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Gonzo: The Life and Work of Dr. Hunter S. Thompson

Gonzo: The Life and Work of Dr. Hunter S. Thompson

Director:Alex Gibney
Cast:Pierre Adeli, Angela Berliner, Pat Buchanan, Joe Cairo, Eugenia Care, David Carlo, Jimmy Carter
Release Date:2008

By Lee Gardner | Posted 7/2/2008

Almost any fan of Hunter S. Thompson would have to approach a Thompson bio-doc with some trepidation. Given his well-deserved reputation as a trailblazing journalist and prose stylist and his equally well-deserved renown as an outsized personality/crank, ripped to the tits on a panoply of narcotics and heavily armed, it's easy to imagine a filmmaker seeking the proper balance of stories to tell and getting it wrong. Fortunately, Thompson drew Alex Gibney (Enron: The Smartest Guys in the Room, Taxi to the Dark Side).

The establishing reels of Gonzo look headed toward what might be the expected default mode of entertaining hagiography, with Johnny Depp reading excerpts of Thompson's work in reverent tones, talking heads such as Jann Wenner and Pat Buchanan talking him up, and Gibney animating and manipulating any archival anything that isn't nailed down. But the documentary soon digs deep into Thompson's finest hours: the groundbreaking immersion journalism that resulted in 1966's Hell's Angels; his crazy-like-a-fox 1970 run for sheriff of Aspen, Colo.; his article "The Kentucky Derby Is Decadent and Depraved," the debut of the half-reported, half-concocted first-person "gonzo" style and his first collaboration with illustrating alter ego Ralph Steadman; and the madness and melancholy of the epochal `60s elegy Fear and Loathing in Las Vegas. In an especially valuable section, Gibney also traces Thompson's full-court-press coverage of George McGovern's 1972 presidential campaign against Thompson nemesis Richard Nixon with its mix of unabashed hopes for McGovern, unflinching coverage of the campaign's failures, and deep disappointment when Nixon won in a landslide. In so doing, the director puts the cherry on not only an incisive view of what made Thompson's work new, unique, and possibly still unmatched, but also of the times that fueled both its idealism and its bile.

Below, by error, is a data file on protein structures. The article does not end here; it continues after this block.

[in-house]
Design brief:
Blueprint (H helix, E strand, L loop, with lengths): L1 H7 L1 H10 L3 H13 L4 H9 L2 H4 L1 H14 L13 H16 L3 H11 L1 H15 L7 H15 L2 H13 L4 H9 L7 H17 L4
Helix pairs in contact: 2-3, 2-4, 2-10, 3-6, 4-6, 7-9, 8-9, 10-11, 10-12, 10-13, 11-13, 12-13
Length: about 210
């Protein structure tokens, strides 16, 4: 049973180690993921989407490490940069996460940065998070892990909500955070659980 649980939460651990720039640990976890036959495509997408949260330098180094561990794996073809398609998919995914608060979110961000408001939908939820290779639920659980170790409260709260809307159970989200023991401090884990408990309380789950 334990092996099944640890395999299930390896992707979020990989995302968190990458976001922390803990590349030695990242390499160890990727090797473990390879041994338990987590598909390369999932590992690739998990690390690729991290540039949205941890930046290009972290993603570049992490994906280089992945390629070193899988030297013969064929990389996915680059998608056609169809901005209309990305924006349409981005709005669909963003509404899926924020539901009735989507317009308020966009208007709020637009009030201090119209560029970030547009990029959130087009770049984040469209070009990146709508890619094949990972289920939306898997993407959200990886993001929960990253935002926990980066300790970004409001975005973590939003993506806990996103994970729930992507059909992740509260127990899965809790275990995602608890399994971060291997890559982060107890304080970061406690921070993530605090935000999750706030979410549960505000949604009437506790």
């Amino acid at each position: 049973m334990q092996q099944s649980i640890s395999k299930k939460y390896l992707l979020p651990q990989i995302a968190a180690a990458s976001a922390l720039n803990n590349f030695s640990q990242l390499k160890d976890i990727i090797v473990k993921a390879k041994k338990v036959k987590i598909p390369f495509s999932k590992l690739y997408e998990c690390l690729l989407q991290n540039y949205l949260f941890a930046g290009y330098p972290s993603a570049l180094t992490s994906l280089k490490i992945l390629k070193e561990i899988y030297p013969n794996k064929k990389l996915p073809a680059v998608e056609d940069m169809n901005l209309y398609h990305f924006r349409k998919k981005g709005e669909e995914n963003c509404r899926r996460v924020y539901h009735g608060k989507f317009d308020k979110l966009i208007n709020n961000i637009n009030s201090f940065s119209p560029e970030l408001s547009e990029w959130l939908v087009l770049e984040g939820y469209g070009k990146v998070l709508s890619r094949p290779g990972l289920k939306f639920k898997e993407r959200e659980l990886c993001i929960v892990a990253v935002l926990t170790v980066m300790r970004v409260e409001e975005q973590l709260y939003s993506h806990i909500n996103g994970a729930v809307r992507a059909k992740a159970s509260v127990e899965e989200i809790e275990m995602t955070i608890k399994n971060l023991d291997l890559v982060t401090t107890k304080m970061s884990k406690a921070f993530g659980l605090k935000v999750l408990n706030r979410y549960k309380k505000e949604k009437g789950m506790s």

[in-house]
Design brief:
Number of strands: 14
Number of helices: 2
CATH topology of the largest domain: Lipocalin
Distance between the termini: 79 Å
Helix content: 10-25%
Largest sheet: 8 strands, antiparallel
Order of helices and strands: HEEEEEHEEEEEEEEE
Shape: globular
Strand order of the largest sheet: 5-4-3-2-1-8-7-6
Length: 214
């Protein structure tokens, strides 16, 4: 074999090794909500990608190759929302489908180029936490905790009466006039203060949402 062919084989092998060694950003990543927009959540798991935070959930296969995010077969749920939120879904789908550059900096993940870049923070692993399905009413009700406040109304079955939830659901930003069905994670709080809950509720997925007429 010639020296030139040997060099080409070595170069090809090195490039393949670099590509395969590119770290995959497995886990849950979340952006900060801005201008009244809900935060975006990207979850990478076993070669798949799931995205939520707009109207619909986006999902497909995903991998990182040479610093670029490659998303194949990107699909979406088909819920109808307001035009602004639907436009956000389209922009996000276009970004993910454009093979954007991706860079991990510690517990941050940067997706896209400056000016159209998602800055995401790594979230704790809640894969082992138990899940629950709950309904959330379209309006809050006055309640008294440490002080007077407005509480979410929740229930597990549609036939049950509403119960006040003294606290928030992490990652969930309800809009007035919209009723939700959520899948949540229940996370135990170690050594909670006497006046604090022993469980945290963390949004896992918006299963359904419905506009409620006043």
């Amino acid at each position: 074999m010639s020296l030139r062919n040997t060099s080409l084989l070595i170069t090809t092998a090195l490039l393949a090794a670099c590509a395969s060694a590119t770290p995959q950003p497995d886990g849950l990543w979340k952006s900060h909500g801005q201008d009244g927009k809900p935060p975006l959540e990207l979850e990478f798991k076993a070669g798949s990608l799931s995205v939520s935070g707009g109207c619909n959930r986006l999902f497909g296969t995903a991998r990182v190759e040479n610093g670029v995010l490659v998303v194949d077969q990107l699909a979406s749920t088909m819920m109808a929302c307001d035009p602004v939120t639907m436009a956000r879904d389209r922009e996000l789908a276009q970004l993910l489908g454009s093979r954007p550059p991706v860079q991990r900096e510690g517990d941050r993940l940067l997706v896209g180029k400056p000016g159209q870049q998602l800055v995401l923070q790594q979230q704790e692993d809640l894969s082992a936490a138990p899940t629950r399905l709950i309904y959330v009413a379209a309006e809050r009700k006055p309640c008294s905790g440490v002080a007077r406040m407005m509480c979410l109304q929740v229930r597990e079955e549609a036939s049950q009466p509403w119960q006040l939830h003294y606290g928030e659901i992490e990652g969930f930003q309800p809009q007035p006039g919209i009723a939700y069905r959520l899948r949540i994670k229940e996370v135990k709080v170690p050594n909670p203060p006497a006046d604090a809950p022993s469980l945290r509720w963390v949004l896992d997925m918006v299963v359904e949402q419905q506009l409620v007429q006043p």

Gonzo is then likewise unflinching in illustrating how Thompson's growing fame and rock-star shenanigans hobbled his writing and turned his life into a sideshow until he ended it with a bullet to the head in 2005. There are surely Thompson fans who will be disappointed that Gibney spends little time on his subject's early days, which zip by early on, and even more who will long, if only secretly, for more tales of chemical and ballistic excess from his waning years. But while never lacking for pep or dazzle, Gonzo retains a thoughtful poise that its subject rarely managed in life and in so doing makes an excellent case for what should be remembered about Thompson and why.

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